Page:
The rise of Donald Trump as a viable (and successful) political candidate and the worrying trends in opiate addiction rates have both been covered extensively before and after the 2016 election. For example, innumerable reporters during the campaign traveled to districts that swung heavily to Trump seeking to better understand these voters and the issues that drove them.1 Furthermore, the staggering rise in the use of prescribed and illicit opiates has garnered a significant amount of coverage in the media and academia over the past few years.2 Linking these topics, many of the pieces profiling Trump-supporting communities made clear mention of the rise in opiate addiction as a major concern for these communities.
The article by Goodwin et al3 explores this convergence of the (worsening) opiate epidemic in many communities and the political shifts within them that enabled Trump to be elected president. Using a unique data set that included county-level Medicare Part D data, the authors found that, after controlling for a number of socioeconomic covariates, rates of prescriptions for opiates were correlated with voting margins for Trump in the 2016 presidential election.
This article builds on previous literature showing that public health, in particular public mental health, does not exist in a vacuum. Rather, it is in a constant state of flux with economic and other societal forces, both influencing and being influenced by these other key factors. In this dynamic, steep declines in housing prices can be seen to be linked with increases in antidepressant prescriptions,4 and passage of legislation protecting undocumented immigrants can have profound impacts on rates of depression for individuals affected by the legislation.5
Taken broadly, these findings are not surprising in and of themselves. Clinicians in the mental health field know that patients’ mental health can change based on environmental factors outside of their control. The value of these sorts of studies, if they can be validated through replication and other means, lies in their ability to serve as a quantitative correlation and/or outcome that can be used to highlight the burden of mental illness caused by a variety of public policies. Relative to the rest of medicine, psychiatry has been burdened by the perception (fair or not) that it lacks quantifiable metrics that can be used for advocacy and policy. Articles like that by Goodwin et al are good examples of how available data sources can be used creatively to test whether mental health trends might be correlated with key outcomes such as elections. As elections are how political leaders are chosen in a democracy, arguments for focusing on mental health in this context may be particularly convincing to elected policy makers.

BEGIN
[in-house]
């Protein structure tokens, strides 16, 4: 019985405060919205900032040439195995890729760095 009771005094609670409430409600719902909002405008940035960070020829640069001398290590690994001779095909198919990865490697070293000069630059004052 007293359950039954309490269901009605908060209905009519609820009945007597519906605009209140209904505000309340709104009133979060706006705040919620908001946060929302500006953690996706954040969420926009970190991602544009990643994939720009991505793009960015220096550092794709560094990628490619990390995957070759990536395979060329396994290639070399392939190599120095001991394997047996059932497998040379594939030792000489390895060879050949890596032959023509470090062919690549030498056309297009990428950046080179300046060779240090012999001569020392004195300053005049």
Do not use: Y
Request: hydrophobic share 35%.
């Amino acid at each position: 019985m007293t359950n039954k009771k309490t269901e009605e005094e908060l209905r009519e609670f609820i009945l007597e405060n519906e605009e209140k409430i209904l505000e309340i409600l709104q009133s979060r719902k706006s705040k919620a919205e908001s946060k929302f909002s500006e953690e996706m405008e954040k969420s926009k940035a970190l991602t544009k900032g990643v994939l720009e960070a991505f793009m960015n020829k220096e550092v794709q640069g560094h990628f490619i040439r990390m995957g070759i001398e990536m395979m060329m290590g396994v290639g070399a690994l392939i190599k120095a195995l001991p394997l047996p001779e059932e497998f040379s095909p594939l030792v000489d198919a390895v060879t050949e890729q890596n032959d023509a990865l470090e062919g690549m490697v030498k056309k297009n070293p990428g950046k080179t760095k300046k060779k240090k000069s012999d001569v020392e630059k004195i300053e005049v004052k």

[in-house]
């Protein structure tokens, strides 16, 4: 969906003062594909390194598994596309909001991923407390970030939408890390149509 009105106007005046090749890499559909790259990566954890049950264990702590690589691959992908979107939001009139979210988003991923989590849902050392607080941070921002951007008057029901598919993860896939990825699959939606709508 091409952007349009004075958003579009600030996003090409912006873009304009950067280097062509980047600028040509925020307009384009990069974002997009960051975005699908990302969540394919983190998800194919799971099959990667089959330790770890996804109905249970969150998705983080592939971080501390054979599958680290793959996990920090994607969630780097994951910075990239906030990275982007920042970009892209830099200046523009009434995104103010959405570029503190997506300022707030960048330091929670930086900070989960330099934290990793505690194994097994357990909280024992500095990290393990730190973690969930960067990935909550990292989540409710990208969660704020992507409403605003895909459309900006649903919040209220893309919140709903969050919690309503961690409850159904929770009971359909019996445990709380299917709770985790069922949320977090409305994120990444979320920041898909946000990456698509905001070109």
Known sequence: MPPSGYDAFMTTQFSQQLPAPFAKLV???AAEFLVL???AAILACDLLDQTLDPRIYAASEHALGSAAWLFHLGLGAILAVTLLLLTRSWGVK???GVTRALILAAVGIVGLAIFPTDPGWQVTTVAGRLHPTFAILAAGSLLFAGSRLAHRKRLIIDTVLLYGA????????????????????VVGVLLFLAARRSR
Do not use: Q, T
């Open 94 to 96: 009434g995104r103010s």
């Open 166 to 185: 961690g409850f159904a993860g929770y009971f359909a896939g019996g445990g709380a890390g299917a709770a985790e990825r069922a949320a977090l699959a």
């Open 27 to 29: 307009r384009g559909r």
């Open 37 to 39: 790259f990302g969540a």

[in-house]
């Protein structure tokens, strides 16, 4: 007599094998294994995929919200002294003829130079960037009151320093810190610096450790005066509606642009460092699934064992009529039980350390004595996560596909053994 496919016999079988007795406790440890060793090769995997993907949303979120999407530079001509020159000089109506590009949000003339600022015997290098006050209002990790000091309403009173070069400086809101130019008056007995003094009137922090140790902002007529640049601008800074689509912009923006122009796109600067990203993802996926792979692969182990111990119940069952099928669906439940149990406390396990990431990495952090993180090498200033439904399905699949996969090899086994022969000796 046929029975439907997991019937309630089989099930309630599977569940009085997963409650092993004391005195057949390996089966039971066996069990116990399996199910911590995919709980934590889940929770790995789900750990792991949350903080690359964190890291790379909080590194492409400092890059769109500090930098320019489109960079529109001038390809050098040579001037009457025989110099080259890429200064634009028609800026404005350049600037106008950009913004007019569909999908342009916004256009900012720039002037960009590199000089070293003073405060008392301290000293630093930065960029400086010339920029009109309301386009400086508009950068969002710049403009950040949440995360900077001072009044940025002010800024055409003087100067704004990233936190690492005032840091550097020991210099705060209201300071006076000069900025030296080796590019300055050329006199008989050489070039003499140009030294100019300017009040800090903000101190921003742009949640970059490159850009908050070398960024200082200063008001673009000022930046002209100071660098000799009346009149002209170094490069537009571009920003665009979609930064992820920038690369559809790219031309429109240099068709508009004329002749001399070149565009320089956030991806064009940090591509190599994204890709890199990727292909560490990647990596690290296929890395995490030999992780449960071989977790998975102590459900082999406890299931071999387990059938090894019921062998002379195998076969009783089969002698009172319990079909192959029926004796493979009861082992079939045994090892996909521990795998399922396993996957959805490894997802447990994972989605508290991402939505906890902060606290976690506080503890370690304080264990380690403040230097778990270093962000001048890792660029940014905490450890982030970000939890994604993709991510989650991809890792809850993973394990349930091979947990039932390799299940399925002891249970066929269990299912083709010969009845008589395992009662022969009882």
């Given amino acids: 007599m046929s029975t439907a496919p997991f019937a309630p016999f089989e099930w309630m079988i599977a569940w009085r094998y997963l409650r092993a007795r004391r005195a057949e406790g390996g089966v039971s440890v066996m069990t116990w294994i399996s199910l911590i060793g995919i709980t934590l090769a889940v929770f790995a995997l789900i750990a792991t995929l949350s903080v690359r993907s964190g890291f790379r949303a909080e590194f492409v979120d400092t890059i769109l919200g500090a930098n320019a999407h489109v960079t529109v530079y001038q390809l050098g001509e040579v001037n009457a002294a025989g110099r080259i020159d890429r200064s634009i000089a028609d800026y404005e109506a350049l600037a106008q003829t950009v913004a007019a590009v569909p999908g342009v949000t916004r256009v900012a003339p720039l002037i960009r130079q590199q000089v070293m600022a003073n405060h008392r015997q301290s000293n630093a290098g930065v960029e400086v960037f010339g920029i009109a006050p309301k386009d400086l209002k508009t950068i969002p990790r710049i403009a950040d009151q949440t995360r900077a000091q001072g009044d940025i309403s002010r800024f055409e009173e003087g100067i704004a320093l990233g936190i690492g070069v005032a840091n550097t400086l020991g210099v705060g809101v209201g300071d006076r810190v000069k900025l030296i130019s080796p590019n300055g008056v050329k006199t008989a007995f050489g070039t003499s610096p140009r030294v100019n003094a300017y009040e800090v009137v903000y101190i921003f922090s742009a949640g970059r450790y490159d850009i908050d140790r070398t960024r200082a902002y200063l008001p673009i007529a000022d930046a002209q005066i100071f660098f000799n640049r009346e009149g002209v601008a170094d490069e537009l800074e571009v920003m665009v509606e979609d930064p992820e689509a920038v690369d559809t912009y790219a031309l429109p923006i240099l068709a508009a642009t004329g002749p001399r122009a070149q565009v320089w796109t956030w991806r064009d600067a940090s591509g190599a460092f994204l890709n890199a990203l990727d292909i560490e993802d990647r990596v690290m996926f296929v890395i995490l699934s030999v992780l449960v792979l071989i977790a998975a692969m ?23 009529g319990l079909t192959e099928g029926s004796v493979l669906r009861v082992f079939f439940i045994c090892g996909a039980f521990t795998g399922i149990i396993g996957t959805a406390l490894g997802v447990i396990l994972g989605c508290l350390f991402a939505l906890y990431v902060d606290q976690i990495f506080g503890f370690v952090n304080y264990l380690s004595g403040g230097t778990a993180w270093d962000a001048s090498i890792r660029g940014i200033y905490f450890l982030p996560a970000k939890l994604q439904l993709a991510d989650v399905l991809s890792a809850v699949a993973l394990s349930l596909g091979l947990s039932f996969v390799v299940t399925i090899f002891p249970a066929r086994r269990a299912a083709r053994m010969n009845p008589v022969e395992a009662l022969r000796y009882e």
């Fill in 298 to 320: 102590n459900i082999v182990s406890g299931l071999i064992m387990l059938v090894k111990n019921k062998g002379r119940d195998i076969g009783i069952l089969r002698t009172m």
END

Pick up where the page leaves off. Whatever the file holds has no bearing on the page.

The article raises a number of important questions. What is at the root of the observed dynamic between opiate use and voting behavior? Are these trends specific to voting for Trump or are there other candidates who perform similarly at the state level? Unfortunately the authors were limited in what they could answer. Data constraints limited them to only some covariates of the many that might capture some of the observed correlation. Also, as the data were not in a time series, the researchers were not able to apply more rigorous statistical methods that might better support the county-level correlations that have been observed to link factors like unemployment with opiate use.6 Even if there were time-series data available, US presidential elections are infrequent (and unique) enough that it is often difficult to discern trends in voting behavior. Furthermore, the uniqueness of Trump as a candidate and his coalition when compared with past presidential elections make it difficult to extrapolate clear lessons that can be applied to the public health and political realms more broadly. Finally, given that both candidates focused on opiate addiction as a major campaign issue, it is difficult to infer that opiate prescription rates are somehow linked with voting behavior based on the candidates’ respective campaign promises and/or platforms.
These limitations aside, this article’s findings add to a growing body of literature showing the interrelationship between public (mental) health and society, including the all-important economic and political realms. Further work will undoubtedly continue to explore these connections and, by extension, bring attention to the importance of addressing mental health and addiction in the policy realm.
Open Access: This is an open access article distributed under the terms of the CC-BY License. © 2018 Rosenquist JN. JAMA Network Open.
Corresponding Author: James Niels Rosenquist, MD, PhD, Massachusetts General Hospital, 185 Cambridge St, Room 2266, Boston, MA 02114 (email@example.com).
Conflict of Interest Disclosures: None reported.
Identify all potential conflicts of interest that might be relevant to your comment.
Conflicts of interest comprise financial interests, activities, and relationships within the past 3 years including but not limited to employment, affiliation, grants or funding, consultancies, honoraria or payment, speaker's bureaus, stock ownership or options, expert testimony, royalties, donation of medical equipment, or patents planned, pending, or issued.
Err on the side of full disclosure.
If you have no conflicts of interest, check "No potential conflicts of interest" in the box below. The information will be posted with your response.
Not all submitted comments are published. Please see our commenting policy for details.
Rosenquist JN. The Opiates and the (Voting) Masses. JAMA Netw Open. 2018;1(2):e180451. doi:10.1001/jamanetworkopen.2018.0451
Customize your JAMA Network experience by selecting one or more topics from the list below.
Create a personal account or sign in to: